Louisiana Exotic Animal Resource Network
Louisiana Exotic Animal Resource Network
Rescue Locally. Educate Globally.

Introduction to Herpetology Blog

This is a page from our award-winning free eBook. Download it here!

Herpetoculture: Code of Conduct and Ethics

L.E.A.R.N. does not presume to instruct anyone on how they should live, but we will suggest some principles that we think are sound. 

You are invited to consider these statements regarding the keeping of reptiles or amphibians and commit to those that align with your own conscience.
Three-toed Box Turtle photo by Branuen Cary
Three-toed Box Turtle photo by Branuen Cary

REMEMBER: NEVER RELEASE YOUR PET INTO THE WILD!!

• I understand that it is my personal responsibility to research the needs of all animals in my care thoroughly and to provide all needed items for them to thrive and not just survive.

• I will provide my animal with an appropriately-sized, well-constructed, secure enclosure that is free from hazards and inaccessible to other animals.

• I will provide accessories that allow my animal suitable opportunities for exercise and enrichment, as well as hiding places for its comfort.

• If the animal needs to be transported, I will do so in a manner that ensures the safety of the animal and my fellow drivers and that causes the least possible stress on the animal.

• I will maintain a high degree of sanitation and biosecurity in the animal’s enclosure to foster its health and prevent disease transmission (both to and from my animal, including zoonotic diseases).

• I will provide this animal with species-appropriate levels and gradients of temperature and humidity at all times.

• I will provide a nutritious variety of foods, as appropriate, in the appropriate amounts, and at a proper frequency.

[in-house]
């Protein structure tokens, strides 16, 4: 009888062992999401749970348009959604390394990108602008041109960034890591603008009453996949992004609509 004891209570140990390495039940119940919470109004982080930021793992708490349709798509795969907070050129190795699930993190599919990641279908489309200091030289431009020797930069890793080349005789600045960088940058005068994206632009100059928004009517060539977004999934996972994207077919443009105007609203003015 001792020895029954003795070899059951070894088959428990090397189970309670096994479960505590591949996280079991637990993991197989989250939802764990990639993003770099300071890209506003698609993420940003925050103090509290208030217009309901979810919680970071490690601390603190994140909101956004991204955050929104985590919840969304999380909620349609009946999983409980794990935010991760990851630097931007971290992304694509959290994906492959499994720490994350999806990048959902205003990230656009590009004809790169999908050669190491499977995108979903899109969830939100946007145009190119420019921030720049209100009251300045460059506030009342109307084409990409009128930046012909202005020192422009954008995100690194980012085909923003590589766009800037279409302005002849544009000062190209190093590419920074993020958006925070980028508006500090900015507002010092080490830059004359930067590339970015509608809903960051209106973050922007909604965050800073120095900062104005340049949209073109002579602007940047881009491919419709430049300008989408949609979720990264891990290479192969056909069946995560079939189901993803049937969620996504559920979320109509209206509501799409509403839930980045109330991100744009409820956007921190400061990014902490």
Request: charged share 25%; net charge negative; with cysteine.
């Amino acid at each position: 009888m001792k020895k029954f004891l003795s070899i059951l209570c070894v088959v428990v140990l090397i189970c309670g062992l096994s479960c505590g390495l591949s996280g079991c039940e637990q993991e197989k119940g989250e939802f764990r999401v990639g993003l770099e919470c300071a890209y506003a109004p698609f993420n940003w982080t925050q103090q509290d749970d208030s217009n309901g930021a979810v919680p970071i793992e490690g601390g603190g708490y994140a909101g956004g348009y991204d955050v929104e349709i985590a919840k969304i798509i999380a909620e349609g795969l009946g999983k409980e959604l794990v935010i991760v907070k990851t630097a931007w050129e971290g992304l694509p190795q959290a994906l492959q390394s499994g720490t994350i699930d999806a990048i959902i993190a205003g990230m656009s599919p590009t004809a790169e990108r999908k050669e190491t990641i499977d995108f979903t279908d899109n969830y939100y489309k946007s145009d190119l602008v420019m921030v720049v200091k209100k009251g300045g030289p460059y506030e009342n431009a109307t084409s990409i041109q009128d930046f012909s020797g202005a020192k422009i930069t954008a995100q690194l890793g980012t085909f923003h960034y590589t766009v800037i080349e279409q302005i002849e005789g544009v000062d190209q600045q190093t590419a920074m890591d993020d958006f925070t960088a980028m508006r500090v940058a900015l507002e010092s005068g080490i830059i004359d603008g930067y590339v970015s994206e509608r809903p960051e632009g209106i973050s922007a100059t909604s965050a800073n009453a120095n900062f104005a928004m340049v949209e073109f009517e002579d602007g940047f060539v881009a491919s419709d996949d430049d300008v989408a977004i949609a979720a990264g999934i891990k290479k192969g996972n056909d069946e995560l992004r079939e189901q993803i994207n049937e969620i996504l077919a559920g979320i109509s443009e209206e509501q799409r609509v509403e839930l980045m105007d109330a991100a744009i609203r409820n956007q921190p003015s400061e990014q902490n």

• I will commit to keeping the animal for the duration of its life, and will not discard or neglect it due to lack of interest.

• I will provide the animal with lighting which includes ultraviolet wavelengths, particularly for diurnal species.

• If minors are involved in the care of this animal, I as an adult assume full and final responsibility for this animal’s care.

• I will supervise the animal’s interaction with other people or animals to ensure its safety. I will at all times act in a manner that ensures the safety of myself and others and portrays responsible ownership to any observers.

• I will not recklessly allow my animals to breed and reproduce, which could potentially put further strain on the resources of the limited number of rescues that accept reptiles and amphibian pet surrenders.

• If I sell or transfer an animal, I will base my decision primarily on the suitability of the placement, rather than monetary incentives. 

• I will provide this animal with timely access to veterinary care as needed and will be solely responsible for the payment of same.

• If I become unable to provide for the needs of this animal, I will immediately seek out assistance or seek a placement or rescue facility that can provide suitable care. I will include the enclosure and accessories that my animal is accustomed to and make a donation, if possible, to defray the cost of the animal’s continuing care needs.

• I will ensure the security of the animal’s enclosure and under NO circumstances will I allow my captive animal to be released into the environment, for its own health and safety and to prevent harm to the environment from a non-native species. 

• I will commit to sharing accurate knowledge about the species in my care whenever possible, and will never intentionally contribute to the fears that others may have regarding these animals. 

• I will look for ways that I might contribute to the wild conservation of these and other reptiles and amphibian species. 
Northern Cat-eyed Snake photo by Ashley Tubbs
Northern Cat-eyed Snake photo by Ashley Tubbs
L.E.A.R.N. considers it essential to optimal husbandry that there is one person who takes individual responsibility for the administration of animal care. 

In our experience, scenarios where responsibility is shared or poorly defined often result in a reduced standard of care resulting from overlooked or postponed tasks.
Herpetoculture: Code of Conduct and Ethics
November 19, 2018
You can buy a whole book full of lessons like this here!
Blog Main Page
Visit our shop!
Shop
All proceeds help the critters!
© Louisiana Exotic Animal Resource Network
thumbs-up
linkedin facebook pinterest youtube rss twitter instagram facebook-blank rss-blank linkedin-blank pinterest youtube twitter instagram